Tahoe fire district seeks help clearing out 1,000 fire hydrants
INCLINE VILLAGE, Nev. — The North Lake Tahoe Fire Protection District has over 1,000 fire hydrants within its jurisdiction.
With the recent snowstorms and more on the way, it has been difficult to impossible to keep all of our fire hydrants clear.
The 2012 International Fire code section 507.5.4 and NLTFPD resolution 13-1 states that fire hydrants must be free of obstructions and immediately visible. If fire hydrants are located on private property, it is the homeowners or Homeowners Association (HOA) responsibility to keep the fire hydrant(s) clear.
Fire personnel are working daily to uncover and clear hydrants. We have also enlisted help from the Nevada Division of Forestry hand crews for additional support as we continue to work toward getting all hydrants cleared, initially triaging the upper subdivisions and major thoroughfares.
By “Adopting A Hydrant” closest to your home or business and keeping it clear of snow and debris, you can help to make our community safer. We appreciate the members of our community who already maintain hydrants in their neighborhood and encourage everyone to participate.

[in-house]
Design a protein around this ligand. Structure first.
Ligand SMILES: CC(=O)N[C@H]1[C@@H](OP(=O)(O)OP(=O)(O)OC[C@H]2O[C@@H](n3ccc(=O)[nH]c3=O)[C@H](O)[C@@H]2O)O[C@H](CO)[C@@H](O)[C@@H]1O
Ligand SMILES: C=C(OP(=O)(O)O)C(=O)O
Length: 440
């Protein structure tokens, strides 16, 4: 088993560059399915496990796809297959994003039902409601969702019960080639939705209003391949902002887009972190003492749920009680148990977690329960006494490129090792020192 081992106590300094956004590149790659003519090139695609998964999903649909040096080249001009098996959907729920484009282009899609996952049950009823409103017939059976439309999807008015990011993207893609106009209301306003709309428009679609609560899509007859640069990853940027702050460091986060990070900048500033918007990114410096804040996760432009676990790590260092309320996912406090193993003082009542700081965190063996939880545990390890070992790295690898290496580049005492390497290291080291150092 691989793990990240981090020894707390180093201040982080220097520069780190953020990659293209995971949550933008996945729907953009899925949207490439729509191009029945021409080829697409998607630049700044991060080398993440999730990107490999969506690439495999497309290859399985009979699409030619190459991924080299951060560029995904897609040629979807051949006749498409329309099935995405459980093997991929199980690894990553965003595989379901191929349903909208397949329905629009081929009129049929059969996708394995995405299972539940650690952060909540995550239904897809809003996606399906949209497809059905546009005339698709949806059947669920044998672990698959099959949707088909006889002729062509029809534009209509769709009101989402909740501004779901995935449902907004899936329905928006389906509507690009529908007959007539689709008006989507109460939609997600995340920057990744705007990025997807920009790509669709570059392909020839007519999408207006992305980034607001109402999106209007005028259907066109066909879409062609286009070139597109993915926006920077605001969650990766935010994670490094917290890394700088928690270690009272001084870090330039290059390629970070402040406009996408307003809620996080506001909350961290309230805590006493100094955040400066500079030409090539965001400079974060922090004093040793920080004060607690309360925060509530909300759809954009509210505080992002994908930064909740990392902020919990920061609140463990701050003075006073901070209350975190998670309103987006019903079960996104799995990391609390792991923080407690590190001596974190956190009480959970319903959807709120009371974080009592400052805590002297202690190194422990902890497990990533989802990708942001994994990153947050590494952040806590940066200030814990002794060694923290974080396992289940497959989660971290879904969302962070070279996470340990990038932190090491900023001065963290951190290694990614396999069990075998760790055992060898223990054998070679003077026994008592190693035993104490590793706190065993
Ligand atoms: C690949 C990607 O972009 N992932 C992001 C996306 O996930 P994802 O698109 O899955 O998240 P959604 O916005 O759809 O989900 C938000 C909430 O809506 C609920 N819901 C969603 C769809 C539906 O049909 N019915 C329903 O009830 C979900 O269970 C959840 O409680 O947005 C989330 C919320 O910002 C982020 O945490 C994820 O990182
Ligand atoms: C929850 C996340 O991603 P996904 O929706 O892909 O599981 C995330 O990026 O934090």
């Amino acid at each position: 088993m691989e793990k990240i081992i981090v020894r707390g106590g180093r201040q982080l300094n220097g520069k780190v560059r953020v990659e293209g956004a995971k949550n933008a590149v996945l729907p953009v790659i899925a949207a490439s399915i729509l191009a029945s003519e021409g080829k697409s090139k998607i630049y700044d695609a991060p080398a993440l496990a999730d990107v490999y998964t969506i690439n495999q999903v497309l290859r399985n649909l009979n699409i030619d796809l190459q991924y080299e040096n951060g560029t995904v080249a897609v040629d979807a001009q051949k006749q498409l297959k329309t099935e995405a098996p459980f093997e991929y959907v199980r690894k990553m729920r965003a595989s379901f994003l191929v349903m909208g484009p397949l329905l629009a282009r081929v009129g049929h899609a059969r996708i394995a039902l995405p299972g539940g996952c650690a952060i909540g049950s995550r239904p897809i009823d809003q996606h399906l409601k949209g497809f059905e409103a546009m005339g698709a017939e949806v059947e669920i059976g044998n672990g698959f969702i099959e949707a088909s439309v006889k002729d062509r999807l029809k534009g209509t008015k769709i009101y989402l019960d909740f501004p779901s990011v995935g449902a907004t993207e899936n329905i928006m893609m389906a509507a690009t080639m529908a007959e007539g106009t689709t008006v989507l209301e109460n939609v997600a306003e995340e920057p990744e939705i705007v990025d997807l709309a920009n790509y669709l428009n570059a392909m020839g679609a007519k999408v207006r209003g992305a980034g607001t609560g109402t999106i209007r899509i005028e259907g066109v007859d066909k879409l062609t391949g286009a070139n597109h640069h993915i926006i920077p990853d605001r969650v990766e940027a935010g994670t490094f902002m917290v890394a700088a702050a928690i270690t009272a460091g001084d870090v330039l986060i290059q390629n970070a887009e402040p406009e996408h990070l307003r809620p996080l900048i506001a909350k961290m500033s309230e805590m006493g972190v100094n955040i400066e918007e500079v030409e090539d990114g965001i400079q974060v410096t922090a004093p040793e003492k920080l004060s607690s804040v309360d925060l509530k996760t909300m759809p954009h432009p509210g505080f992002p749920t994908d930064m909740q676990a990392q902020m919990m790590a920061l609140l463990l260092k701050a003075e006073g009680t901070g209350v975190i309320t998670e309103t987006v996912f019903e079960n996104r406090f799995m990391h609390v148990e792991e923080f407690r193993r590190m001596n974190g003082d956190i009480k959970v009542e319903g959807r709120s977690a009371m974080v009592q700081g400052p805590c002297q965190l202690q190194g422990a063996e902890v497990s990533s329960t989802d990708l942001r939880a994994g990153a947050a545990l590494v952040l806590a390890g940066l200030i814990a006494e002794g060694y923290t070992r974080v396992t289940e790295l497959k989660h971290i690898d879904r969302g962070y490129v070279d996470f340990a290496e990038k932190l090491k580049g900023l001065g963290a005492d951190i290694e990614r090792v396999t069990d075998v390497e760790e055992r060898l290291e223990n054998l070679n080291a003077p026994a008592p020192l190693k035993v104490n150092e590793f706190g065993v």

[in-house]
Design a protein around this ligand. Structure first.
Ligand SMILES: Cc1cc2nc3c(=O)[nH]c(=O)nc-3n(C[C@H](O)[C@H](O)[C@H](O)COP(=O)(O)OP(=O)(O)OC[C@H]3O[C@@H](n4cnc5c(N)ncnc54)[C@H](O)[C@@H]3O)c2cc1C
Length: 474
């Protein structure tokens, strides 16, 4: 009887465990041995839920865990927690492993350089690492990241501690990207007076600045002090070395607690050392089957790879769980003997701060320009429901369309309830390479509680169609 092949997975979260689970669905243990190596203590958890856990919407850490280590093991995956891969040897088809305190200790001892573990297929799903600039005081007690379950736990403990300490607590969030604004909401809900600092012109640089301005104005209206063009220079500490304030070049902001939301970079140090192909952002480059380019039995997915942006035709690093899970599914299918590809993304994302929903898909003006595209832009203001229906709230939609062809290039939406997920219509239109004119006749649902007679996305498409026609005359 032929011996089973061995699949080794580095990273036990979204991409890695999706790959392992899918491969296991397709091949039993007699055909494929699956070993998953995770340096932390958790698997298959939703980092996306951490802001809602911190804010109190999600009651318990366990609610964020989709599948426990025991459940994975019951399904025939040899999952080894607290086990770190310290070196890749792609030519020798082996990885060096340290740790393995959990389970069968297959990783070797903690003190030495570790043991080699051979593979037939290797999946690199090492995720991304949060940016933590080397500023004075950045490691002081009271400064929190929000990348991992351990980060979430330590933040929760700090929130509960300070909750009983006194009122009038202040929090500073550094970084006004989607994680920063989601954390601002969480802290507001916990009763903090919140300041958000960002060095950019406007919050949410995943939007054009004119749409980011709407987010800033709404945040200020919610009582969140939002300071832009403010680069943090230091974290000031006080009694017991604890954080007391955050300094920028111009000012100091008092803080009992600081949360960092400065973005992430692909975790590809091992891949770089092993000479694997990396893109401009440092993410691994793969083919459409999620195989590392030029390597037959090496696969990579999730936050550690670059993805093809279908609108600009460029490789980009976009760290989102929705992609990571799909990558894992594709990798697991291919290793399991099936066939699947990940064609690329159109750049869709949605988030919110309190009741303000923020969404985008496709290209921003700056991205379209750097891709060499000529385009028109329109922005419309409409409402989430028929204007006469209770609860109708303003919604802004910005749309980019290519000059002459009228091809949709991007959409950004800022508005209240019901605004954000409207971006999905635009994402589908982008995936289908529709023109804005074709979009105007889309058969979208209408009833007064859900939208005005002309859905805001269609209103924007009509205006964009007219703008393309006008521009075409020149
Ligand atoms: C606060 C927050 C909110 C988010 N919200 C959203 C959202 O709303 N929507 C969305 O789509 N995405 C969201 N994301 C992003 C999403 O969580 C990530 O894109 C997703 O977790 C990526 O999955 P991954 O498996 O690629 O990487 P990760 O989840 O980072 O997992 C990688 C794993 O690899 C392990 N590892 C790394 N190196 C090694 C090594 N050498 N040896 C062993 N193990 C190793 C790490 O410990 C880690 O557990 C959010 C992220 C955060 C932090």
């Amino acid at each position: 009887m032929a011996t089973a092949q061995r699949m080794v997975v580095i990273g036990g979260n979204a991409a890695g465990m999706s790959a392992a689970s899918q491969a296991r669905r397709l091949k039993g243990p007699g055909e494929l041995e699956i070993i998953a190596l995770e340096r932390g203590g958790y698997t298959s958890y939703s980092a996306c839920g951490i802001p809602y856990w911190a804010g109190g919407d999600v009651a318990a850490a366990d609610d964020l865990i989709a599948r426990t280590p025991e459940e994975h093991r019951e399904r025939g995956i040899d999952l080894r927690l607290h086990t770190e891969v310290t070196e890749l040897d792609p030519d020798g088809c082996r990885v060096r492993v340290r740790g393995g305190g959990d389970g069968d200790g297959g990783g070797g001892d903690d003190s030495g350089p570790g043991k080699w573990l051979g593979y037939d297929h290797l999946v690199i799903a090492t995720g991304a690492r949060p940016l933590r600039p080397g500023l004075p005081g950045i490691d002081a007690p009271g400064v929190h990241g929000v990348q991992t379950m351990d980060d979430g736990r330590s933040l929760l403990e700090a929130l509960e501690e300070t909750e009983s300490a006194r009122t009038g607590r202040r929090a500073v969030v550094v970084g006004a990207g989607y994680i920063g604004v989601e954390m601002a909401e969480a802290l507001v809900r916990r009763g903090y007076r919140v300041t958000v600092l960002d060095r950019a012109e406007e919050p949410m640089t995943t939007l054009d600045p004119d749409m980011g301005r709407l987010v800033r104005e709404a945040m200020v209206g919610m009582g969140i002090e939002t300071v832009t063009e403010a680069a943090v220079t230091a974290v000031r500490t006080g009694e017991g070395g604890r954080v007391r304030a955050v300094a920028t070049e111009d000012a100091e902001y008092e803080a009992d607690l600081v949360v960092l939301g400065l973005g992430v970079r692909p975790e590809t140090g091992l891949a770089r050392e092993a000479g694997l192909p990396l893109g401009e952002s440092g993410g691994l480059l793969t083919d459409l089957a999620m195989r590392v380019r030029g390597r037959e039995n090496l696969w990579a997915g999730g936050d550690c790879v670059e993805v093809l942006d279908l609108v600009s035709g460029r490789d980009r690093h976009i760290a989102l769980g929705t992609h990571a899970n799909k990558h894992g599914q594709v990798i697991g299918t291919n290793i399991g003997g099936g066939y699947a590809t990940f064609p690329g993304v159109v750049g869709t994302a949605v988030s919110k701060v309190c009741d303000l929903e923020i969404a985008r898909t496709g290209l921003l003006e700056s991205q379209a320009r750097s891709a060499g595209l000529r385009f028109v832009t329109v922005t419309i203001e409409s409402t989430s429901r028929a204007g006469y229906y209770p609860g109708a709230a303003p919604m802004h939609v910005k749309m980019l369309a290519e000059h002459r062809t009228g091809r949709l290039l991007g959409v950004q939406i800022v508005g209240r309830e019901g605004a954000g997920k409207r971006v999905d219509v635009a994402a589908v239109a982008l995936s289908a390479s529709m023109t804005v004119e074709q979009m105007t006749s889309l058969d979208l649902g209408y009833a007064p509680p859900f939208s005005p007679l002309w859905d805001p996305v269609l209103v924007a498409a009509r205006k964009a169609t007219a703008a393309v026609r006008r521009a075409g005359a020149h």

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Please take a few minutes to fill out the online adoption form and make a hydrant near you a member of your family. Please email your form to Trancourt@nltfpd.net.
When maintaining a hydrant, please try to ensure that a three-foot clear space is maintained around the hydrant and to the roads edge.
If you notice a fire hydrant that is not marked with an “FH” pole, please let us know by calling our Fire Prevention Bureau at 775-831-0351, ext. 8127.
If you notice a damaged or leaking fire hydrant, please call Incline Village General Improvement Public Works at 775-832-1203.
Also, please keep rooftops clear of excessive snow and watch for forming cornices that can pose a dangerous situation. Ask for professional snow removal services to help with this. We also recommend knowing where your gas meter is located and keeping it clear.
This article was provided by the North Lake Tahoe Fire Protection District. Visit http://www.nltfpd.net to learn more.
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